Wolfgang Schäfer’s tenure as chief financial officer of German automotive technology company and tyre maker Continental ended abruptly on Wednesday amidst ongoing investigations into the supply of illegal defeat devices for diesel engines, but he’s not the only former Continental manager in the prosecutor’s sights. A representative from the Public Prosecutor’s Office in Hannover announced yesterday that they’re also investigating former chief executive officer Elmar Degenhart and a further ex-board member linked to the Powertrain division, as well as two employees below board level.
During an extraordinary meeting held yesterday, the Continental AG Supervisory Board agreed to mutually terminate Wolfgang Schäfer’s appointment as chief financial officer and member of the company’s Executive Board, effective immediately. Continental states that Schäfer’s departure from the company is linked to investigations by the public prosecutor’s office in Hannover, Germany, into the use of illegal defeat devices in diesel engines and shortcomings from Continental’s side in the ongoing investigations.
Anniversary year ups and downs: As it marks one and a half centuries in the business, Continental reports that it has “set the strategic course for the next successful chapter in its history by making its previously announced structural adjustments” during Q3 2021. But the delivery situation for electronic components also worsened during the quarter, and Continental says this “had a significant impact on sales and earnings” that could only be partially offset by sales volumes within its aftermarket tyre and industrial product businesses.
Continental has initiated a restructure of its management following a meeting of its Supervisory Board on Thursday. Board members Helmut Matschi and Frank Jourdan will leave the company prematurely. Matschi (58) and Jourdan (61) were originally to stay in position until 2024. As of January 1, 2022, the company will retain only five board members. The group will also integrate its activities into three corporate divisions: Automotive, Tires and ContiTech.
Continental has readjusted the full-year 2019 outlook for its tyre-making Rubber Group, primarily in response to declining global car and light vehicle production. It has also readjusted the outlook for its Automotive Group business for the same reason.
The foundation stone for Continental’s new headquarters in Hannover, Germany is now in place, and the company says its construction project is on schedule. Chief executive officer Dr Elmar Degenhart and Executive Board members Dr Ariane Reinhart and Wolfgang Schäfer hosted a ceremony to mark the occasion at the construction site last Wednesday.
Sales within the Tire division at Continental failed to reach the previous year’s level during the first three months of 2018. Tire division sales declined 4.4 per cent to 2.64 billion euros during the quarter, however Continental calculates that they would have risen 1.0 per cent had exchange-rate effects and changes in the scope of consolidation not influenced the result.
In an interview published by German financial daily Börsen-Zeitung on Saturday, chief financial officer of Continental AG, Wolfgang Schäfer, stated that the company has set at least 3 billion euros aside for expanding within automotive markets through acquisitions.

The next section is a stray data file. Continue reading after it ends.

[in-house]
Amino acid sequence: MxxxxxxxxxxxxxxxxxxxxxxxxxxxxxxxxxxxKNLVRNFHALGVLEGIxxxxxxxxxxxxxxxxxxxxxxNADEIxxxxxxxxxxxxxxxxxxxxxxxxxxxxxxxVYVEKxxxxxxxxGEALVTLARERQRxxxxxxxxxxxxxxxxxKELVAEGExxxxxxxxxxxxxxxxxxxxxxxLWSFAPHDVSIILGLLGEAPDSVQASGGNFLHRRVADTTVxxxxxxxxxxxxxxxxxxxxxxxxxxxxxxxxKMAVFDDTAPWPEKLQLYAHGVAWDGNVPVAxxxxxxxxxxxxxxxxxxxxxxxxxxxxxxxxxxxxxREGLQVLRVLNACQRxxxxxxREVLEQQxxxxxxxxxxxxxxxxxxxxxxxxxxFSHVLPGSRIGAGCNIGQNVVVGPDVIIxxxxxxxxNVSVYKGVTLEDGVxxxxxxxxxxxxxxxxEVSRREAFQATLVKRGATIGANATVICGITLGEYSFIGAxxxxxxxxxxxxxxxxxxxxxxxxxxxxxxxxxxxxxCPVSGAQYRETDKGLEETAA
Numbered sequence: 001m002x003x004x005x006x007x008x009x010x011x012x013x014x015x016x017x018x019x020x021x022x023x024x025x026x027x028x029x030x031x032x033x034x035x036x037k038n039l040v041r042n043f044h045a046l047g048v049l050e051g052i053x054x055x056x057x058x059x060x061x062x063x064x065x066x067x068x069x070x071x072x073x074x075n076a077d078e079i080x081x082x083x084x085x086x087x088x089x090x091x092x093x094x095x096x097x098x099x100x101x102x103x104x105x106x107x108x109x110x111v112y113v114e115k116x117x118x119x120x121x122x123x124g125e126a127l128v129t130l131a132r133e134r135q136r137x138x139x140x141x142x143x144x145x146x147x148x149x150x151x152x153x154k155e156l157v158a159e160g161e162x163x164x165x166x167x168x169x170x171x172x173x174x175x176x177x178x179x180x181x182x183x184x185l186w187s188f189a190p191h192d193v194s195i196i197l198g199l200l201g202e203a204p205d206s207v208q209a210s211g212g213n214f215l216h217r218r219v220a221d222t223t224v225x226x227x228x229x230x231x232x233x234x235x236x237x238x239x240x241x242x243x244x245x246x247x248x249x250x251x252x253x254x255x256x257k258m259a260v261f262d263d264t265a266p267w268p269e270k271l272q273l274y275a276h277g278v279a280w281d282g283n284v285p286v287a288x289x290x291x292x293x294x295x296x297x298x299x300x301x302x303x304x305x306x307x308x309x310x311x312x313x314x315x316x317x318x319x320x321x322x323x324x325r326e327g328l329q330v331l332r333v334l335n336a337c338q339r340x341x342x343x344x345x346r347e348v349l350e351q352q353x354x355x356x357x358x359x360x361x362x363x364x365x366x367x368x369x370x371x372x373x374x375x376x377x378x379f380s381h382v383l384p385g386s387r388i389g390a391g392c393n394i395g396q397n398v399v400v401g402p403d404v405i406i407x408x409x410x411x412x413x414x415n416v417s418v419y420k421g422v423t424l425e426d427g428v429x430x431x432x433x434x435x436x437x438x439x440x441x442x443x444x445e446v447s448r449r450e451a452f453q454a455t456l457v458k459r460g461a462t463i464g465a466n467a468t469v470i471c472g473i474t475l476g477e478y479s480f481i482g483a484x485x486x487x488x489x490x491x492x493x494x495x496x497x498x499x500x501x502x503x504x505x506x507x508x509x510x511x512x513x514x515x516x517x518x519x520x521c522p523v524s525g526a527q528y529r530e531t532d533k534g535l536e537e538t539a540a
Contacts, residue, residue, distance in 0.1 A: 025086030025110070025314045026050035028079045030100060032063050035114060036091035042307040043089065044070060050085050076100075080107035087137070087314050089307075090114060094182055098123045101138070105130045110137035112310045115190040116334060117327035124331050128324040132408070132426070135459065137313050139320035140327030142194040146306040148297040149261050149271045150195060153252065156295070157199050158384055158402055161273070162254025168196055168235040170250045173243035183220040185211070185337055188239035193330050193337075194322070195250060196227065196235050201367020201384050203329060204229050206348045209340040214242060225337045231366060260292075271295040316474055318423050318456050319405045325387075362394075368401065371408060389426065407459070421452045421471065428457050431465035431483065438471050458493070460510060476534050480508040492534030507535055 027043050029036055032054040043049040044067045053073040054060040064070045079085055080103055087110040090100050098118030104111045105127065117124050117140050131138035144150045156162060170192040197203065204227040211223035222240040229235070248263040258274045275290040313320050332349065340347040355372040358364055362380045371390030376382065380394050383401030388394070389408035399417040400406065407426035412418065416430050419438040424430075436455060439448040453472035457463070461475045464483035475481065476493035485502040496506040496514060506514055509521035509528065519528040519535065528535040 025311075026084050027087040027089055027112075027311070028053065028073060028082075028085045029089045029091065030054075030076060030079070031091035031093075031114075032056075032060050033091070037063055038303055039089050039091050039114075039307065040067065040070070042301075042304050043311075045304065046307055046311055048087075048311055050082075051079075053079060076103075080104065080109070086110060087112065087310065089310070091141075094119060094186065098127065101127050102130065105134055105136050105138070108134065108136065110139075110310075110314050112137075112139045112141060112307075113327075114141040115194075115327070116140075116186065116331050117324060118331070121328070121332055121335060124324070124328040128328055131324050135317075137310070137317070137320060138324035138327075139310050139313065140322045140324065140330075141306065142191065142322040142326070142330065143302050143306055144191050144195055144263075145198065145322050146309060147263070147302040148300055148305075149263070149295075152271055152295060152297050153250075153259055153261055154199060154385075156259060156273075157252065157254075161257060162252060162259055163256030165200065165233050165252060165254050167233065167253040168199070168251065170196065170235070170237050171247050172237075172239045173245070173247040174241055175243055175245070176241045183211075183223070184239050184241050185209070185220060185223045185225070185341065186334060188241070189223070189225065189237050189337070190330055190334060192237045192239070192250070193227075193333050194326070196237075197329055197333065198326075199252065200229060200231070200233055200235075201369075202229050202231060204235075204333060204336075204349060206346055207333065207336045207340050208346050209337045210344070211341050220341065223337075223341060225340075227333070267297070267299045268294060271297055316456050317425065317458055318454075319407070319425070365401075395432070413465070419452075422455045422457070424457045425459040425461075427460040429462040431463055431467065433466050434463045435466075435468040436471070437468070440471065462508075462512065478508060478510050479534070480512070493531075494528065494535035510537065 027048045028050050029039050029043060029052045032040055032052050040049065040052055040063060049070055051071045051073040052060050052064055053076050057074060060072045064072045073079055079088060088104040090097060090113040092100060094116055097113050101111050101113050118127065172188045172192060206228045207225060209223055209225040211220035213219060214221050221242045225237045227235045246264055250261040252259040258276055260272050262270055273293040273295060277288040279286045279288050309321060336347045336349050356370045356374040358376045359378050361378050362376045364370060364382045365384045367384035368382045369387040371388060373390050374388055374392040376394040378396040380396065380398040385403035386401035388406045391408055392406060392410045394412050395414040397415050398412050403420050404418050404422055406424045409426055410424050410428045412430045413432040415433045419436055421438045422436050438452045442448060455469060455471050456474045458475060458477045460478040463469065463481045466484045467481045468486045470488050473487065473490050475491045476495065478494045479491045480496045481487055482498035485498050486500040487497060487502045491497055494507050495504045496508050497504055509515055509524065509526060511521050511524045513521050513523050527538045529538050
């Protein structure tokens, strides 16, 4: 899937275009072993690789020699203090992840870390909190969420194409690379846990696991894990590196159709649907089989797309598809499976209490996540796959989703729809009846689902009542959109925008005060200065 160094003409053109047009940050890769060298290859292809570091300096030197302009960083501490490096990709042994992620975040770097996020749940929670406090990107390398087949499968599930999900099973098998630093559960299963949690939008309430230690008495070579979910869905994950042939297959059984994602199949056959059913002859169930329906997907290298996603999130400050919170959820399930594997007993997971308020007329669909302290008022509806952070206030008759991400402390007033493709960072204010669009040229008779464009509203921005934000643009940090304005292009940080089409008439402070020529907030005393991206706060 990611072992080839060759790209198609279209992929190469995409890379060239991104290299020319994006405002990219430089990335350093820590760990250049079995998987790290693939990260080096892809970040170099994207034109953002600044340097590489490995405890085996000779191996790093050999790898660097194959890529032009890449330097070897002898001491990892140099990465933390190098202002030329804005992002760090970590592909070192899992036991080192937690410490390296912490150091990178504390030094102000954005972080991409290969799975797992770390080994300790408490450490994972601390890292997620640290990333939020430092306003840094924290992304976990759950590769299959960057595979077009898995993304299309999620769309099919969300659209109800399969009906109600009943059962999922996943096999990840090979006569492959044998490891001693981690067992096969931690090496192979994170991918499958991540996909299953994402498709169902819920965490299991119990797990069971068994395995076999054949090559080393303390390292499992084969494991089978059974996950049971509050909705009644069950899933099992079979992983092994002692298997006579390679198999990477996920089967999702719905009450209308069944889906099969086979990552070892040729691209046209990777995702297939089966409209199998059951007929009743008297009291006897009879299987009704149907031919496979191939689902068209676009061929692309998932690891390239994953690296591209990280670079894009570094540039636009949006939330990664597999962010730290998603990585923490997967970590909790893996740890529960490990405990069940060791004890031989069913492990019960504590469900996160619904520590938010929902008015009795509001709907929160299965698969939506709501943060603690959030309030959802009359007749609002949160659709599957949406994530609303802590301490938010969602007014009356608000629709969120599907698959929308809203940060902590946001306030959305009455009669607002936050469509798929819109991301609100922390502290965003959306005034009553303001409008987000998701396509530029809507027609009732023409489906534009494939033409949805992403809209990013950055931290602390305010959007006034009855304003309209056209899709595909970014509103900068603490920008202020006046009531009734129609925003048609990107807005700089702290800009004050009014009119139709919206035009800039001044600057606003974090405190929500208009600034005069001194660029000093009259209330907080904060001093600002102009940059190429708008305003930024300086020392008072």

The word Continental has used to describe its sales growth in the nine months to 30 September 2017 is “strong”. Sales rose 9.0 per cent during the period to 32.7 billion euros, a result Executive Board chairman Dr Elmar Degenhart attributes to putting “money on the right horses with our technologies for safe, efficient and intelligent mobility.”
According to several German media sources, the price of Continental tyres will increase in the second half of this year. Wolfgang Schäfer, chief financial officer at Continental, indicates that tyre prices will go up by between three and five per cent in order to compensate for higher natural rubber costs.
Tyre maker and automotive systems supplier Continental AG has reported sales of €11.0 billion in the first quarter of 2017, a 11.7 per cent increase year-on-year. Organic sales growth came to 9.5 per cent. At the same time, net income attributable to the shareholders of the parent rose by 2.1 per cent to €749.6 million, or €3.75 per share. This overall positive bottom line result was achieved in spite of increased raw material prices; Continental also expects to see rising raw material prices in the second quarter of the year.
Continental AG reports achieving annual sales of €40.55 billion in 2016, a year-on-year increase of 3.6 per cent. Adjusted EBIT amounted to €4.34 billion, 0.6 per cent lower than a year earlier, while the adjusted EBIT margin was also slightly down, at 10.8 per cent. Profit after tax rose 2.6 per cent to €2.80 billion; earnings per share were €14.01.
The CEO of Continental Corporation has described 2014 as “another extremely successful financial year” and confirmed that all targets set for the year were reached. “When evaluating the results, we should not overlook the fact that there was, in some cases, very weak growth in Europe, Russia, and South America,” elaborated Dr. Elmar Degenhart. “There were also significant exchange rate fluctuations. In addition, the mild winter at the end of 2014 had a negative impact on the winter tyre business in Europe. The driving force behind the sales development once again came from China and North America. In light of this, it is remarkable that profit after taxes of just under €2.4 billion or €11.88 per share could be achieved.”
The abrupt end of Elke Strathmann’s career at Continental AG was made public earlier this month, and the company announced today that Strathmann has already relinquished her seat on its Executive Board. Dr. Ariane Reinhart has been named as Continental’s new Executive Board member for human resources and director of labour relations.